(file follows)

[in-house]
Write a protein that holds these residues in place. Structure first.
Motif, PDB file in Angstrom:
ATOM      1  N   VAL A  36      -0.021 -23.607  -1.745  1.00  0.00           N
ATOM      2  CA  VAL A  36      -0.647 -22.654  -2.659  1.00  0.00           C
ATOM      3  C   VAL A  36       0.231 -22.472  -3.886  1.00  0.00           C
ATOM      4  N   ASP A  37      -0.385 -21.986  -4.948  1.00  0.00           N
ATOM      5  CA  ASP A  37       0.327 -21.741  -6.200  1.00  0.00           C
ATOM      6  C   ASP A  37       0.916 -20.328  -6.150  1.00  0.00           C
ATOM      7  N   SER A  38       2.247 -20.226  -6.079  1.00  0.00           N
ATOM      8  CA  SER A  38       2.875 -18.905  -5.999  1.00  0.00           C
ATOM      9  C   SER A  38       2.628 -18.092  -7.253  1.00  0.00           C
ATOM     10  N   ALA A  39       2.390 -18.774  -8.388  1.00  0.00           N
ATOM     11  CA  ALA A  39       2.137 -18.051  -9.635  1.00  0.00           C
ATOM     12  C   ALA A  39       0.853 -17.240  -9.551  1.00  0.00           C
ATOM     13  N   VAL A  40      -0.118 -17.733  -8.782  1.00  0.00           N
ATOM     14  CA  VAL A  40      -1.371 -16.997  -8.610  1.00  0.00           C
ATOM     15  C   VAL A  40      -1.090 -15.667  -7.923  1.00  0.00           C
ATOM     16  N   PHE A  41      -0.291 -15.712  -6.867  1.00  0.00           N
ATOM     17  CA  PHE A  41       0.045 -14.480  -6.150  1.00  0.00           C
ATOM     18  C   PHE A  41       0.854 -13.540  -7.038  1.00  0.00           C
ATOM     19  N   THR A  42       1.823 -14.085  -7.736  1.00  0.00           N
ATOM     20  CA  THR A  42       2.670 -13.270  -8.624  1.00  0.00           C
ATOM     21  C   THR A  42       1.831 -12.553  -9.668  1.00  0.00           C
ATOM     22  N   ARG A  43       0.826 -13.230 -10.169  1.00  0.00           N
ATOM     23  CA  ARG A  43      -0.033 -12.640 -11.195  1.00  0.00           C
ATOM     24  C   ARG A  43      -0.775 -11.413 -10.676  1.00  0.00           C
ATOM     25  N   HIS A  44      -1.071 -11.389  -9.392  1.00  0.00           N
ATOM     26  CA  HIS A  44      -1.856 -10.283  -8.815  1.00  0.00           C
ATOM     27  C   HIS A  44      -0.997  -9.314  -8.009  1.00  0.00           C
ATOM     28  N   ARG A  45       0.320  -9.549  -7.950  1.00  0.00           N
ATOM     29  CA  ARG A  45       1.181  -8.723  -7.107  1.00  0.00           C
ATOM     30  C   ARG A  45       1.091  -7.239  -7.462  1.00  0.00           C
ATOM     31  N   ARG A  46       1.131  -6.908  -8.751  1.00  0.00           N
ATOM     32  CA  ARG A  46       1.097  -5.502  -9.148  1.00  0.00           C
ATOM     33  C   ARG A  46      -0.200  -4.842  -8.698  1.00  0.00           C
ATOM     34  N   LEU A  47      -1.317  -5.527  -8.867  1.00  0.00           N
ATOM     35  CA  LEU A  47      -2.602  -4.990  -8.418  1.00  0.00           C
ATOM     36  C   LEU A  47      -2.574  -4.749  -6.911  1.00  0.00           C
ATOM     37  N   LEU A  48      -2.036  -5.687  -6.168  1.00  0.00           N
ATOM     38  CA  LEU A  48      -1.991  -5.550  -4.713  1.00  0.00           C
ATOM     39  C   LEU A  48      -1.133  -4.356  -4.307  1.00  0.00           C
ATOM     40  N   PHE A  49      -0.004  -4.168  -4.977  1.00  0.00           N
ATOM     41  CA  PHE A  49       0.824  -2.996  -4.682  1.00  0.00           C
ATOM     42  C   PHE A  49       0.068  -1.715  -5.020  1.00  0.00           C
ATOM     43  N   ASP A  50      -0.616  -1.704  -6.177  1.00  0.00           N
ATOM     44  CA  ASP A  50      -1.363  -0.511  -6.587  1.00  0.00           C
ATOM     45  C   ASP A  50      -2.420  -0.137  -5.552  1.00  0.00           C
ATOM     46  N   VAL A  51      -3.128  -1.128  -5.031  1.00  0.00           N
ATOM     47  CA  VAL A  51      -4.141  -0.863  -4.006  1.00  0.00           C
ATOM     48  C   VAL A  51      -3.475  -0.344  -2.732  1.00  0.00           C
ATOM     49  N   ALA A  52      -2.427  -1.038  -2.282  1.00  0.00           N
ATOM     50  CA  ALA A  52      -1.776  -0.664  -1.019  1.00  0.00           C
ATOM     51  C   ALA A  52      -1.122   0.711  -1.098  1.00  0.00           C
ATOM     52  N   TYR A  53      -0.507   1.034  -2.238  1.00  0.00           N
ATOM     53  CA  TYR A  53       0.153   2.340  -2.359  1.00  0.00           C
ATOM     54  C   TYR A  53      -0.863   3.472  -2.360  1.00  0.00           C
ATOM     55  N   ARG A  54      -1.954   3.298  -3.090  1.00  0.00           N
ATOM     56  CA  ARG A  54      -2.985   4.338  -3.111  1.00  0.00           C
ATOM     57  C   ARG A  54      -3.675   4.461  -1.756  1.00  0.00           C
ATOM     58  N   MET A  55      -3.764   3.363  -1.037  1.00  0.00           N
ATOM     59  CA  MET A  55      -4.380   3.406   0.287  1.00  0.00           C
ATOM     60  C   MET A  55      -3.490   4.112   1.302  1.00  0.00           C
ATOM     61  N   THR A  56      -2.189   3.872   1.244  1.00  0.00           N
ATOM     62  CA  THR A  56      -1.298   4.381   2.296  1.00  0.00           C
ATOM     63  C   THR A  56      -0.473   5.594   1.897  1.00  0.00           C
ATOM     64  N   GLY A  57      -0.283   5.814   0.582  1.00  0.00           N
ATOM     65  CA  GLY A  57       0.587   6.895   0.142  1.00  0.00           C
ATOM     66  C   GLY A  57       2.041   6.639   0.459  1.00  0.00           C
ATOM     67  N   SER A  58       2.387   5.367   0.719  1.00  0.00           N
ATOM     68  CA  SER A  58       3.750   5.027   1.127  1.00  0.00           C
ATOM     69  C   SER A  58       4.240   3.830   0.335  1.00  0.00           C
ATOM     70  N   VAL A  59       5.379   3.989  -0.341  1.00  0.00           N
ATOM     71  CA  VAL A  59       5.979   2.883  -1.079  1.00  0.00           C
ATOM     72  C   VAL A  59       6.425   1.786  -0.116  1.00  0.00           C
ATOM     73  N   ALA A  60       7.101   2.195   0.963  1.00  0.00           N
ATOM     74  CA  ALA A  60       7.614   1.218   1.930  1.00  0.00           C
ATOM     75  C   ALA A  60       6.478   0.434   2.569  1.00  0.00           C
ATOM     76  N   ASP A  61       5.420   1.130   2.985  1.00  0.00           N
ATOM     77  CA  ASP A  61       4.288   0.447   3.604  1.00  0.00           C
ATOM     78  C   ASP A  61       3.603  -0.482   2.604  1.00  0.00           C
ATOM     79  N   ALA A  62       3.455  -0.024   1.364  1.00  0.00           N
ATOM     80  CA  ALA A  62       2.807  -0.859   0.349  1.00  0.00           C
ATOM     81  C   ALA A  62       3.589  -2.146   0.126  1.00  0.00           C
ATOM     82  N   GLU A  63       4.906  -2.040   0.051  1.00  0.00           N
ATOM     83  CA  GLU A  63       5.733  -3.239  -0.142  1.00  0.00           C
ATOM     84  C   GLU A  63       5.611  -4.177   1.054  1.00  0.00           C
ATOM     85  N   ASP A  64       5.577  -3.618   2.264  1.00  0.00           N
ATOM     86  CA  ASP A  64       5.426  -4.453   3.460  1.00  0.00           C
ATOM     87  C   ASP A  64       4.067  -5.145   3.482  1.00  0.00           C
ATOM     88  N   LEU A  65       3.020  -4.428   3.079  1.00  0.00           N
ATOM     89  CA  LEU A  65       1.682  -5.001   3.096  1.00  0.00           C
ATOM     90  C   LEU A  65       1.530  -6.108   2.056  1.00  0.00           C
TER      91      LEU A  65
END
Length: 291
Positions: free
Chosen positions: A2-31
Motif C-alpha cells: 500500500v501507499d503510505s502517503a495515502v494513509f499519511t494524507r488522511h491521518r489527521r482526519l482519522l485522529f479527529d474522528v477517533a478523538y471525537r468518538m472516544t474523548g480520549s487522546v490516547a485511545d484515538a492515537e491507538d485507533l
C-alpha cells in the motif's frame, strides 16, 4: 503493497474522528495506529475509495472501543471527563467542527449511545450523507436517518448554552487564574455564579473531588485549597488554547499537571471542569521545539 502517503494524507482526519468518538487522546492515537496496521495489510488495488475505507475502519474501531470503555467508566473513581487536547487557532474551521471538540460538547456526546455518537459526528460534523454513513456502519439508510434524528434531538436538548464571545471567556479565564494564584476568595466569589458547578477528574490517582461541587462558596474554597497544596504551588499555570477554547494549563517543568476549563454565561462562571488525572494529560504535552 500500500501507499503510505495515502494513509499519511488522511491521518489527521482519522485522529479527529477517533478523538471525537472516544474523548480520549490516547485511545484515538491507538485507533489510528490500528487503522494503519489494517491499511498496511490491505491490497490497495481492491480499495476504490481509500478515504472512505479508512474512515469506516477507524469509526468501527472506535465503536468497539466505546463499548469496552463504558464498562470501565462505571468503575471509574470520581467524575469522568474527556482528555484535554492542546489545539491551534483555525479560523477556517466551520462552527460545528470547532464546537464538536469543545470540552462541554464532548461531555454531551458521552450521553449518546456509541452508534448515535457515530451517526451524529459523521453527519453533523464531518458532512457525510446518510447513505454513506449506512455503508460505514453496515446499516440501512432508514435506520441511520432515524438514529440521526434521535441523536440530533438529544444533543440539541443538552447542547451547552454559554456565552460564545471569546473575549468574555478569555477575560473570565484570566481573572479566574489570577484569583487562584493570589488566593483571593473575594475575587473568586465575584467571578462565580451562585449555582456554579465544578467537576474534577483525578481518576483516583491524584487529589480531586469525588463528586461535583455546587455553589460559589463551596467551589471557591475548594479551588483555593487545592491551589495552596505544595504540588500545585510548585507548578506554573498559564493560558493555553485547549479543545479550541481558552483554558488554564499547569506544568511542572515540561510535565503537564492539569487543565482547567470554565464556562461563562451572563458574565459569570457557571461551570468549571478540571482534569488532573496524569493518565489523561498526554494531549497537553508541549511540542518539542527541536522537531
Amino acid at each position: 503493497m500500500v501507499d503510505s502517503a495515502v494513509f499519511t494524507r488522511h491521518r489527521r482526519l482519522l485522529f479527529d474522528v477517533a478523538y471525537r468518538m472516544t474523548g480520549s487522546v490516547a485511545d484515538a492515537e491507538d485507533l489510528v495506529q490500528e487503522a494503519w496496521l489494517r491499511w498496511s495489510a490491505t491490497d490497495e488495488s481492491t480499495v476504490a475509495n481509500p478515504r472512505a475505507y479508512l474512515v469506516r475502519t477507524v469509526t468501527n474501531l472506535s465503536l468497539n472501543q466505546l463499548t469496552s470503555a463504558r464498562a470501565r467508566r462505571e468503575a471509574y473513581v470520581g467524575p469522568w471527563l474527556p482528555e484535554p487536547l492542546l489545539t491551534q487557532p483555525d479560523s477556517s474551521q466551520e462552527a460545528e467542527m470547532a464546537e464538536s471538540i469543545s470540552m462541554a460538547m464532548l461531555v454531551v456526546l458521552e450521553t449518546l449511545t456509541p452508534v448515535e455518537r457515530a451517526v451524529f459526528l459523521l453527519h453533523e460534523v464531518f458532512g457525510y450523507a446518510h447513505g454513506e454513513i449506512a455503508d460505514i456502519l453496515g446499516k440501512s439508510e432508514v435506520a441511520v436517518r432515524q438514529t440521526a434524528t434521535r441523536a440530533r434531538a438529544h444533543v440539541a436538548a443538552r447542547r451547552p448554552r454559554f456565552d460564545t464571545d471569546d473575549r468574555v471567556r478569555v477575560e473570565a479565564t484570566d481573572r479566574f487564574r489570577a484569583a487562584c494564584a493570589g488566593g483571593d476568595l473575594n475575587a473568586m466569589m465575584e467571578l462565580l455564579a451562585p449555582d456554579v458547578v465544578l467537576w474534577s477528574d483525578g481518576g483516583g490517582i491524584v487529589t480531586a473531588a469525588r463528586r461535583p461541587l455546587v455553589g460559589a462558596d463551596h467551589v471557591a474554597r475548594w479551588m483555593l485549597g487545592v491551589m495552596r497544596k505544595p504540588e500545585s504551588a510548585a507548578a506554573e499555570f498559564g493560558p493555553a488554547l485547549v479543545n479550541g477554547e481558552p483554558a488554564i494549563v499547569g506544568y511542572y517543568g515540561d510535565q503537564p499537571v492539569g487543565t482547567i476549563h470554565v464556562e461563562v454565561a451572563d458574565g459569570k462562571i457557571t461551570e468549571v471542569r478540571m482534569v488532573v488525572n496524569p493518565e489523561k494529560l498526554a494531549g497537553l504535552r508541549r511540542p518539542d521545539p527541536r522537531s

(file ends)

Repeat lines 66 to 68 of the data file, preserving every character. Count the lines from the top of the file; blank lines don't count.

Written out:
ATOM     63  C   THR A  56      -0.473   5.594   1.897  1.00  0.00           C
ATOM     64  N   GLY A  57      -0.283   5.814   0.582  1.00  0.00           N
ATOM     65  CA  GLY A  57       0.587   6.895   0.142  1.00  0.00           C